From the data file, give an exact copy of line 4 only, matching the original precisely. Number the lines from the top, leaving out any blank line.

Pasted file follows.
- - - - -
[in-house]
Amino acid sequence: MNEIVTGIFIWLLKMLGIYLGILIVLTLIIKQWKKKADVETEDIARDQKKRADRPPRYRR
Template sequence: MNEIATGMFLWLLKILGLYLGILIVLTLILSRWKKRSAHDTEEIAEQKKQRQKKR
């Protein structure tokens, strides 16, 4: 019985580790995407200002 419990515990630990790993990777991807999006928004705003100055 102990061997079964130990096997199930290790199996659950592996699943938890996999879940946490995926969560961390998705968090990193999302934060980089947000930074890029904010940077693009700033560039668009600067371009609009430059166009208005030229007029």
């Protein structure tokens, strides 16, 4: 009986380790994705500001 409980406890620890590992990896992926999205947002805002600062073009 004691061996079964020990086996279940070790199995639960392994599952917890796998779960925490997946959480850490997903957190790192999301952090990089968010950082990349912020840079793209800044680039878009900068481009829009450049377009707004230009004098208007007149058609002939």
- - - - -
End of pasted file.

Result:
């Protein structure tokens, strides 16, 4: 019985580790995407200002 419990515990630990790993990777991807999006928004705003100055 102990061997079964130990096997199930290790199996659950592996699943938890996999879940946490995926969560961390998705968090990193999302934060980089947000930074890029904010940077693009700033560039668009600067371009609009430059166009208005030229007029």